and thirty-one wounded. I think it is a matter for congratulation
that a movement which might have been so formidable has collapsed
with so small an amount of loss, either of life or property. I think
it is also a source of satisfaction that such strong proofs have
been afforded of the spirit which animates the Canadian people, of
their loyalty to the throne, of their appreciation of the free
institutions under which they live, and of their readiness at all
times to prove their sense of the value of these institutions by
incurring expense and personal risk in the defence of them. The
period of the year at which the people have been called on to make
these sacrifices of timely serving in the volunteer ranks has been
the most inconvenient that could have been selected, yet I have
never heard a murmur from any quarter at the necessity of suspending
industrial occupation involving the risk of a whole year's
production, while I have received information of a good deal of
discontent on the part of those who were anxious to give their
services, but whose presence in the ranks was not considered
I have to express my very high sense of the services performed by
Lieutenant-General Sir J. Michel and the officers under his command
in the able disposition of troops, both regulars and volunteers. The
officers of the Royal Navy stationed at Quebec and Montreal deserve
the highest credit for the rapidity with which they extemporized
gunboats for the defence of the St. Lawrence and the Lakes. I have
already spoken of the admirable spirit displayed by the Volunteer
Force, both officers and men. I have every reason to believe that
their conduct as regards discipline and order has entitled them to
as much commendation as does their spirit of patriotism and
I desire particularly to bring before your notice the ability and
energy exhibited by Colonel Macdougall, A.G.M., with a view to
having his services specially mentioned to His Royal Highness, the
Commander-in-Chief. This officer has not yet been one year in
Canada, yet so admirable is the system of organization which he has
established that he is able within a few hours to assemble on any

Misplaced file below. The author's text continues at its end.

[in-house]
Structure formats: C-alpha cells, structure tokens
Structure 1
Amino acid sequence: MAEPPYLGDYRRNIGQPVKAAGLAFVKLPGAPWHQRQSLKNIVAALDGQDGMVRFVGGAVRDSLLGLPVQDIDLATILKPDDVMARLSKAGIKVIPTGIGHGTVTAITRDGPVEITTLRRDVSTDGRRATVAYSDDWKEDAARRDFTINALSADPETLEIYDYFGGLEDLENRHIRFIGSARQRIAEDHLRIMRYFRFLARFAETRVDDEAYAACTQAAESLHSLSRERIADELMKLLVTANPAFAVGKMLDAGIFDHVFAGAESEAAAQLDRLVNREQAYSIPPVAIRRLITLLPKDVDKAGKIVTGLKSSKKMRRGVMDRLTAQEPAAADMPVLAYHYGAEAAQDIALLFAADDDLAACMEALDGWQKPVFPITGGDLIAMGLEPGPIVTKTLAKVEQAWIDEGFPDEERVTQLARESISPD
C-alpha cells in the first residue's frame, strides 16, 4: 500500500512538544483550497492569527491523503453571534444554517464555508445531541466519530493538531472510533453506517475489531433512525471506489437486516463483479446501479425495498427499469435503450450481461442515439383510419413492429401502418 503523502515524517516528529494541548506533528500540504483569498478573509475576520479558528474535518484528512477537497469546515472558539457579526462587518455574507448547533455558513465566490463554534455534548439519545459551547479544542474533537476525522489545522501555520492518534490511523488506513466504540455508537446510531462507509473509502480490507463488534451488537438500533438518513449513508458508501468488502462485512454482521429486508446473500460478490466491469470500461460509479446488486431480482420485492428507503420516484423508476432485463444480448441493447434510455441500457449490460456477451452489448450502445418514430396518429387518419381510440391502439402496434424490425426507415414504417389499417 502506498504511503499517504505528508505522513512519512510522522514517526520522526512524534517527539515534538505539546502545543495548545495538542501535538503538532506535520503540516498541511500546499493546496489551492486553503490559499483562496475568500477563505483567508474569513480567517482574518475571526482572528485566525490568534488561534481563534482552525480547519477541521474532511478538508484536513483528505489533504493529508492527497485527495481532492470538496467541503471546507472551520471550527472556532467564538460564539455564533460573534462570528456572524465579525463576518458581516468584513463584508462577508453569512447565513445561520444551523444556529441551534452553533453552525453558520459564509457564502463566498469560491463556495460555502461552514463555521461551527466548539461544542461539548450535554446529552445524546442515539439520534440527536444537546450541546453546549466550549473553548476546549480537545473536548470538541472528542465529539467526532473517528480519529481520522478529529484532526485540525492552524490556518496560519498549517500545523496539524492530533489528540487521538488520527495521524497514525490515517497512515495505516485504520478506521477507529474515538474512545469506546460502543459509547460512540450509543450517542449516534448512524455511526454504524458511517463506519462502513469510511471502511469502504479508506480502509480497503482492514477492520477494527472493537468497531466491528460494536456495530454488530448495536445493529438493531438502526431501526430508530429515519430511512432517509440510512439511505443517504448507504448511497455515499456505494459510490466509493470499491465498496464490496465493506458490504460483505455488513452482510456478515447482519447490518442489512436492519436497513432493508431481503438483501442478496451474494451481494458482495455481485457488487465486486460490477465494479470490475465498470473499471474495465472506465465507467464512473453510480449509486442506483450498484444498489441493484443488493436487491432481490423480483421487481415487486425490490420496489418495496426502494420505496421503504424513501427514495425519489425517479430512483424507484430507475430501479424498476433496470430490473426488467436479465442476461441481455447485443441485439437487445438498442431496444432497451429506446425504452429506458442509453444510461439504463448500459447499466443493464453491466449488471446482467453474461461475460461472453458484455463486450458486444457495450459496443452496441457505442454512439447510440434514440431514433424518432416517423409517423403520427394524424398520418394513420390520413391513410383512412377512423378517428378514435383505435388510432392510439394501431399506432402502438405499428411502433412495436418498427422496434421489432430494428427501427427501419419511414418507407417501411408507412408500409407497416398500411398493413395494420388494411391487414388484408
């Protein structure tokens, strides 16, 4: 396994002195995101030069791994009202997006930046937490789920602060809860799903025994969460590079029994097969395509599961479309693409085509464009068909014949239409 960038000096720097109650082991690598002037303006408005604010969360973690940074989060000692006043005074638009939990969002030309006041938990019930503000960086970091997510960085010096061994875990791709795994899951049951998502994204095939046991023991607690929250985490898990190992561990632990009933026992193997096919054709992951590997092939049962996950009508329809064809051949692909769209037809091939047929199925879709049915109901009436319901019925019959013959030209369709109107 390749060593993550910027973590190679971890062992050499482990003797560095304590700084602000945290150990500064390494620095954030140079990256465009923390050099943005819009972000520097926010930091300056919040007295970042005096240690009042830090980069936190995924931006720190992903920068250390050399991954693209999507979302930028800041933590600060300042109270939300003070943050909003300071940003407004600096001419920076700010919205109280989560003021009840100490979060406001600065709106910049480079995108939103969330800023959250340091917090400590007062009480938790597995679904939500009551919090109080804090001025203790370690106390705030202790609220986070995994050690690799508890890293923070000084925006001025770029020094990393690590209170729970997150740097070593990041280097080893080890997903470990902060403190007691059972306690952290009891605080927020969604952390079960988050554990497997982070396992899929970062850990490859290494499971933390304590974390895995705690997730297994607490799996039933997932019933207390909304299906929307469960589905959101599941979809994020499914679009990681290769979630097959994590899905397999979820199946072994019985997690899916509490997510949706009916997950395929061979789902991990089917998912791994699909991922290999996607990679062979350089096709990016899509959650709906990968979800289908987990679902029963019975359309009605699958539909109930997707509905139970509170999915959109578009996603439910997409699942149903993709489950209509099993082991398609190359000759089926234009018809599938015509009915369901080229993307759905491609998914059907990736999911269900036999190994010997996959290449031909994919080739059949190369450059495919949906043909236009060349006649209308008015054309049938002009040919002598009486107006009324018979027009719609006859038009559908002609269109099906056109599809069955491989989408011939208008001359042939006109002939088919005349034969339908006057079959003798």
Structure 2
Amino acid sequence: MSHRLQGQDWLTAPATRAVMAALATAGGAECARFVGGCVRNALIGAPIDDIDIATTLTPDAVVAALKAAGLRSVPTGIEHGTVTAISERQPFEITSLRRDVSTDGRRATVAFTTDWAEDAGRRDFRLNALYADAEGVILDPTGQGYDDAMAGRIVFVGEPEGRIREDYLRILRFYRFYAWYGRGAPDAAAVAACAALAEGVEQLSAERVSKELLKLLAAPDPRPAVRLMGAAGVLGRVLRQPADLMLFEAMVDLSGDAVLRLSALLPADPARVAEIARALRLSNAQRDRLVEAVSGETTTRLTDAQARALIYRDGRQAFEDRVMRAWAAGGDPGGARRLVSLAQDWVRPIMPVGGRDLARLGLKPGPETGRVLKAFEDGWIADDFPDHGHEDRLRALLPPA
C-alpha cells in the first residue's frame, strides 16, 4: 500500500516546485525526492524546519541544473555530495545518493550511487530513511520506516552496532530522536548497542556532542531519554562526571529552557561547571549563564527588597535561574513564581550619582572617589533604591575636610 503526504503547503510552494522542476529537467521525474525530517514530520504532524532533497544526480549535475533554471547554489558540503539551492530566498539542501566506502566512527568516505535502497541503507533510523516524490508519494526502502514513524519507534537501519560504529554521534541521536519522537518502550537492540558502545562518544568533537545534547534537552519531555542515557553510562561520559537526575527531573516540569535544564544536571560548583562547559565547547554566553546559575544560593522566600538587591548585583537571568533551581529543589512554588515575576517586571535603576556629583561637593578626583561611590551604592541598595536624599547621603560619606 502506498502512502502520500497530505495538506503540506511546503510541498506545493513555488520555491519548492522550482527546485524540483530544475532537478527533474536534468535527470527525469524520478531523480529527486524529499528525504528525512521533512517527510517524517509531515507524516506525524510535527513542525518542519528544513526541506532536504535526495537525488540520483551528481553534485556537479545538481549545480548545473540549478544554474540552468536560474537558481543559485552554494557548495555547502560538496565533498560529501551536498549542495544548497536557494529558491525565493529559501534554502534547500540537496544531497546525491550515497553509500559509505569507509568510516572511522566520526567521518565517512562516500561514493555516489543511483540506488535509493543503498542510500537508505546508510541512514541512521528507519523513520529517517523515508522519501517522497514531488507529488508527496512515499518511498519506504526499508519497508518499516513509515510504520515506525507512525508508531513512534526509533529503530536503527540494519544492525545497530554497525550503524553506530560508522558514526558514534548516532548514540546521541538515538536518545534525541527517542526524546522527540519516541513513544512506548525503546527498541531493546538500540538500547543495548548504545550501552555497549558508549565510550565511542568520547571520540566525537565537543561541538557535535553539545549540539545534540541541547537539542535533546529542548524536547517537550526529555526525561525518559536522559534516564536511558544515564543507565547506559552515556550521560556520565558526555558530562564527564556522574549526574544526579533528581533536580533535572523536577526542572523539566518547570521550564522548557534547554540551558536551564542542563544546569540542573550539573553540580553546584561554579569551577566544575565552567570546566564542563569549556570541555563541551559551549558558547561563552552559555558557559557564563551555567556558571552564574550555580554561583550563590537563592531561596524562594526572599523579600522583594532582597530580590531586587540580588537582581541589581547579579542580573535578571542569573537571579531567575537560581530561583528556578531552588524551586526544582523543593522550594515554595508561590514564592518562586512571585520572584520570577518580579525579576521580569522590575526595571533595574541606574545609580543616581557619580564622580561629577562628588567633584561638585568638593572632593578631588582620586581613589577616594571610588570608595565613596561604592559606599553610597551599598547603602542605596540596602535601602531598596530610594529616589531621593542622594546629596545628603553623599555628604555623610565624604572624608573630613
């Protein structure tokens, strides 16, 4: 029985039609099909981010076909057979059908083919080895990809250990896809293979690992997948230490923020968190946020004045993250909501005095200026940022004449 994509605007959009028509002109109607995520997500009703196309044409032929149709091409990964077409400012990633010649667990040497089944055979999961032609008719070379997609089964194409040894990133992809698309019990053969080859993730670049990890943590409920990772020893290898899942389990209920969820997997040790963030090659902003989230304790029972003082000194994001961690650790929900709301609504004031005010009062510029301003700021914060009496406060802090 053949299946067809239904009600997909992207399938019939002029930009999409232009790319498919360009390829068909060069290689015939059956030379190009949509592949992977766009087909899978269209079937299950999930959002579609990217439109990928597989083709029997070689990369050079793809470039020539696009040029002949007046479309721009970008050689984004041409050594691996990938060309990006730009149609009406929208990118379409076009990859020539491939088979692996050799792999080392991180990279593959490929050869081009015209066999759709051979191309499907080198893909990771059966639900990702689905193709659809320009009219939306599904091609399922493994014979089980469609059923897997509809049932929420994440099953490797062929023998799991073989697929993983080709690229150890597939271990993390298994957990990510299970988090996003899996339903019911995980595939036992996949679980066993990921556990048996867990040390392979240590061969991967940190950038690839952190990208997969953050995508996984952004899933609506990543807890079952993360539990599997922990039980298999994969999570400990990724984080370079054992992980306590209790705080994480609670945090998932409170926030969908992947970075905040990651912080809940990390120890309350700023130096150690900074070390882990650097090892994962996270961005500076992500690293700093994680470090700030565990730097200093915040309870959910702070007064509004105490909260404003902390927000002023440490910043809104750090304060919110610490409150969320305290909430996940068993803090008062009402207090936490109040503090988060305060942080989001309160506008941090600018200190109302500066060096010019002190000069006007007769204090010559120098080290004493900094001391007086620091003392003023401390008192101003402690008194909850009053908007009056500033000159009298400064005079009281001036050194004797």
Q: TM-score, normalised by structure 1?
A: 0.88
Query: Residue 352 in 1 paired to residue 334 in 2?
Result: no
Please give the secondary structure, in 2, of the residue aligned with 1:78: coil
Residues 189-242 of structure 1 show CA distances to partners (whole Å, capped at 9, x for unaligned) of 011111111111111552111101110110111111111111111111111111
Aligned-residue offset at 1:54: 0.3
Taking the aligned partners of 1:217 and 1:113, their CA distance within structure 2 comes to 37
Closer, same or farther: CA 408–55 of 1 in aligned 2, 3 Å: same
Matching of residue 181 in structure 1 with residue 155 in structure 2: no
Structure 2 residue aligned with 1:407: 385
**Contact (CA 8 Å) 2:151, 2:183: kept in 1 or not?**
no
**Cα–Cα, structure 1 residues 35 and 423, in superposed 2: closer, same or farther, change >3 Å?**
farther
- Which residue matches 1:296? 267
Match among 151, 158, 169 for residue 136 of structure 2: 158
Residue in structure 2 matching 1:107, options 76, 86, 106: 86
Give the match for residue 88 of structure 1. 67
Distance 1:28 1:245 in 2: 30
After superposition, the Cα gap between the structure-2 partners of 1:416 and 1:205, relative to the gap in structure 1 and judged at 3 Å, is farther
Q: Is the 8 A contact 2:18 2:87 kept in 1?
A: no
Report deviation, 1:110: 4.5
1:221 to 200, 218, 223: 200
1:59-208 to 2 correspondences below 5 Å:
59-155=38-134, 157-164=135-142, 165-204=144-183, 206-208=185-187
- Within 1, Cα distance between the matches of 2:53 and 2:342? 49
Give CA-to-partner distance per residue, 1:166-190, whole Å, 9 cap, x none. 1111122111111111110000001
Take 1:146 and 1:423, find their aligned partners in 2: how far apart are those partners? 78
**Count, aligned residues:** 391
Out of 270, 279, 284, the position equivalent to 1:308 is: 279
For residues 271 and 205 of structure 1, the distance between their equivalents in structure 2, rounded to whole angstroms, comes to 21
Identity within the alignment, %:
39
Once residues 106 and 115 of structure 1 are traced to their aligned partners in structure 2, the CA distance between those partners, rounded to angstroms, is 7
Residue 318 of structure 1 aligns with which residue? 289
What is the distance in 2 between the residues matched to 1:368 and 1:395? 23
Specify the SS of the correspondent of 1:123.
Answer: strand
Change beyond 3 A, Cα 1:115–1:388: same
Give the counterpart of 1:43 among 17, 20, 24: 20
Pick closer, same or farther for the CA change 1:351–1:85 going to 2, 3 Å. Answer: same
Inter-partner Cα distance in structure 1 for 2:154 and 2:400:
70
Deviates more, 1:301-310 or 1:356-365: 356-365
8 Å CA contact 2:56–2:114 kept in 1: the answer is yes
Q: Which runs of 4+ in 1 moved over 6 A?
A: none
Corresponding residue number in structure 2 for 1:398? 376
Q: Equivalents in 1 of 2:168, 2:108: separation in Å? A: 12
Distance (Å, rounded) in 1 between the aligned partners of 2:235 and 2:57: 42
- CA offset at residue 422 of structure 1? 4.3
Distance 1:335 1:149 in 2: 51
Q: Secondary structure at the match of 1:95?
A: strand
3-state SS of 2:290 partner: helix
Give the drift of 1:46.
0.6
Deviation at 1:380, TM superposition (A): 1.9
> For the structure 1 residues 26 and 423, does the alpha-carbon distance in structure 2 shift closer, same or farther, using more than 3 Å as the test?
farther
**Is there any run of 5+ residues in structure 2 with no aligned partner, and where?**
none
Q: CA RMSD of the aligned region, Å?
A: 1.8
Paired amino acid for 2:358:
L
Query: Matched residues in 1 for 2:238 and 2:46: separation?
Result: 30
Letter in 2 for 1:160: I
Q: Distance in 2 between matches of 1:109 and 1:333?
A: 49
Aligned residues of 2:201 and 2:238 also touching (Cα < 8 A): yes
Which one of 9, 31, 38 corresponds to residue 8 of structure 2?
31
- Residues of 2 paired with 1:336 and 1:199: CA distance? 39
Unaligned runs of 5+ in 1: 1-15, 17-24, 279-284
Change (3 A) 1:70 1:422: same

given point over a line of more than 1,000 miles, masses of
volunteers who at the time the order was given were scattered over
the country pursuing their ordinary avocations. While I attribute
full credit to the excellent spirit of the people for its share in
this effect, I think the administrative ability which has given
practical operation to this good feeling of the population ought to
have its meed of praise and in the interests of the public service
on some possible future emergency ought not to be left without
There are prisoners in our hands to the number of about one hundred
and fifty. (I have not yet received official returns of them), whose
trial will be proceeded with at an early day.
I confidently expect within a few days to be able to dismiss to
their homes the great majority of the Volunteers, and my firm
conviction is, that this disturbance will produce beneficial effects
by discrediting Fenian enterprises, exhibiting the futility of any
attempt at invasion of the Province, and showing the absence of all
disaffection amongst any portion of the people of Canada.
I have, etc.,
The Right Honorable E.
Welland County Honors the Brave.
The services of the officers and men of the Welland
Canal Field Battery and the Dunnville Naval Brigade--for their
gallantry in the fight at Fort Erie--were recognized by the
Municipal Council of the County of Welland by the public
presentation to each of them of a handsome silver medal,
commemorative of the occasion. In addition, Capt. King and Capt.
McCallum were each presented with handsome swords of honor by the
County Council, as special marks of appreciation of their bravery by
the people of the county. To each of the wounded a grant of 100
acres of the lands owned by the county in the Cranberry Marsh was
given. In addition to the above honors the Corporation of the
Village of Fort Erie presented Capt. King with a valuable sword as a
testimonial of their recognition of his services at that place on
the 2nd of June.
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Troublous Times in Canada, A History of the Fenian Raids of 1866 and 1870
Fenian Raids of 1866 - 1870